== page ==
The arc electrode is fabricated in the following manner. First, an arc electrode material is produced by a so-called infiltration method wherein the powder of Cr, Cu, W, Co, Mo, W, V or Nb, or of an alloy thereof, is formed into a predetermined shape having predetermined composition and porosity, sintered, and thereafter molten Cu or alloy is infiltrated into the skeleton of the sitter, or by a so-called powder metallurgy method wherein the density is adjusted to 100% in the sintering step prior to the infiltration step. The arc electrode material thus produced is then formed into a predetermined shape by machining.
The arc electrode support member, coil electrode and electrode rod are each formed by cutting into a predetermined shape which facilitates generation of a vertical magnetic field from pure Cu.
The components which have thus been subjected to infiltration and subsequent machining are then assembled and thereafter soldered to give an electrode structure comprising a series of electrodes. According to the soldering method, a bonding material and a solder superior in wettability are inserted between adjacent ones of the arc electrode, arc electrode support member, coil electrode and electrode rod, and the temperature is raised in vacuum or in a reducing atmosphere to effect soldering. In this soldering method, however, considerable labor and time are required for alignment of the components at the time of their assembly for soldering, in addition to the labor and time required for machining, and soldering defects cause accidents such as breakage or drop-out of the electrodes. The electrode structure obtained by such a conventional method is inferior in all of uniformity, reliability and safety of electrode characteristics.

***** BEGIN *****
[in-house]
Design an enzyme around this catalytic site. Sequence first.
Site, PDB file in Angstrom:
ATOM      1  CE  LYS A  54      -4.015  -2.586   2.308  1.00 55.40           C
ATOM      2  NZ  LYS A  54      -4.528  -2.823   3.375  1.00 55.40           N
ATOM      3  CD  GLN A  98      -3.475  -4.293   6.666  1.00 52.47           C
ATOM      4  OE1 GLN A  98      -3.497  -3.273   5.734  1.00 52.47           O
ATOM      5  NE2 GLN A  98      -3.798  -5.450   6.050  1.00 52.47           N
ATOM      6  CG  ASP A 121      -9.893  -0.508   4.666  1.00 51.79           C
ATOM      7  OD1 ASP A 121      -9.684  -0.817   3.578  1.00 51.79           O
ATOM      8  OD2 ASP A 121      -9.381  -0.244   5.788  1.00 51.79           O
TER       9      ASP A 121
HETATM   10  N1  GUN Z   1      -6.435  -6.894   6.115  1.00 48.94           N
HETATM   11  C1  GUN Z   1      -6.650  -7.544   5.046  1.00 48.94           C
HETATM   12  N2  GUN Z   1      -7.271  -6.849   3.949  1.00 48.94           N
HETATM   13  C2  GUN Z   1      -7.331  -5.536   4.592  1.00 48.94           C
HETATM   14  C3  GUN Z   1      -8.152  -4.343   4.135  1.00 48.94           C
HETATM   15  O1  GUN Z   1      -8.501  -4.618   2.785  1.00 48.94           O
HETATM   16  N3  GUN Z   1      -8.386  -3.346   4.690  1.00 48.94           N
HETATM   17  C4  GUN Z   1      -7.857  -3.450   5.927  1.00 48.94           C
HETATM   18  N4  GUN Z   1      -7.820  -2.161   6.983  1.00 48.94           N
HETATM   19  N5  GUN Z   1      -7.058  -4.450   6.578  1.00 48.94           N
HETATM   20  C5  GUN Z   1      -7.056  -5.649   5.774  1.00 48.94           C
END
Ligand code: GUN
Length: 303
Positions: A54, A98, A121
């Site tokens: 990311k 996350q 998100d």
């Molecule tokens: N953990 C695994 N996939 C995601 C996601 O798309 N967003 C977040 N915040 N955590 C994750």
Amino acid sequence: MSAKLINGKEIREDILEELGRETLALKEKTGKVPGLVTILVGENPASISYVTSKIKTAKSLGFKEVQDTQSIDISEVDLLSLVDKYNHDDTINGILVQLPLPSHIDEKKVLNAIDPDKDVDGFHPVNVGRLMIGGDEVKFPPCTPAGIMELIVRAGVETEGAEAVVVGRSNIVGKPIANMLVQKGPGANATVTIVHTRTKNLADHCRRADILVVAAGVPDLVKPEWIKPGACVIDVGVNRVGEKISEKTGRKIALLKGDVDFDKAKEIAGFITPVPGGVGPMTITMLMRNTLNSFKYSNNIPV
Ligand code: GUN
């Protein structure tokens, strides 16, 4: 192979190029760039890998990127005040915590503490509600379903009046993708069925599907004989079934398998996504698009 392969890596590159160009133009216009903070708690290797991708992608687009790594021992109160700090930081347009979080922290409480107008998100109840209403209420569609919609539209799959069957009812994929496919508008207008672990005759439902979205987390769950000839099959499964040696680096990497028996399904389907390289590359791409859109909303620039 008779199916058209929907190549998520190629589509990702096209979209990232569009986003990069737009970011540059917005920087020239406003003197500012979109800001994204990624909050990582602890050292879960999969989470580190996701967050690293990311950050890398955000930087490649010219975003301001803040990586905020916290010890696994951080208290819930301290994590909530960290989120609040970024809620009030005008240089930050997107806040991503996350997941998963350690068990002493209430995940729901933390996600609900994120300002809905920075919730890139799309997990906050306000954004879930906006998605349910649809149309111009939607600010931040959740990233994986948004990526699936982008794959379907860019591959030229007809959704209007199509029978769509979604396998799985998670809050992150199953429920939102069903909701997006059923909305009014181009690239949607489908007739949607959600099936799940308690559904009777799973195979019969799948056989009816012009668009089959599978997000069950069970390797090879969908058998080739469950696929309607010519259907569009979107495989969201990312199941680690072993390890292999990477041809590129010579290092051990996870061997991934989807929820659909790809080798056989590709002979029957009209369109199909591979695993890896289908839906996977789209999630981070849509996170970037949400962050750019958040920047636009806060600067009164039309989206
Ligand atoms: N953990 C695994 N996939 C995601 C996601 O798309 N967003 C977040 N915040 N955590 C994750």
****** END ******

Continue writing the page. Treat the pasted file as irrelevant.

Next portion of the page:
Recently, attempts to cut off high voltage and large current from the angle of design specifications of vacuum circuit breakers have been made. As an example, an improvement of the breaking performance has been made by increasing the breaking speed. As a result, however, the contact force between arc electrodes increases and an impulsive stress is imposed on the whole electrode structure at the time of opening or closing the electrodes, thus causing deformation of the electrodes with the lapse of time. Generally, an arc electrode material of high strength which is superior in breaking characteristic or fusion resistance is used as the arc electrode material, while pure Cu is used as the material of arc electrode support member, coil electrode and electrode rod. The yield strength of pure Cu is very low, and grooving is applied to a cross section for the purpose of creating a vertical magnetic field as mentioned above, so that there will occur deformation of the electrodes with the lapse of time because of being unbearable particularly against an impulsive stress. Such deformation of the electrodes causes inconvenience in the electrode opening/closing operation, fusion of the arc electrode, breakage or drop-out of the arc electrode, which may obstruct the opening/closing motion in an emergency.
It is the object of the present invention to provide a vacuum circuit breaker having highly reliable electrodes which exhibit little deformation with the lapse of time, as well as a vacuum valve for use in the vacuum circuit breaker, an electric contact for use in the vacuum valve and a method for making the electric contact.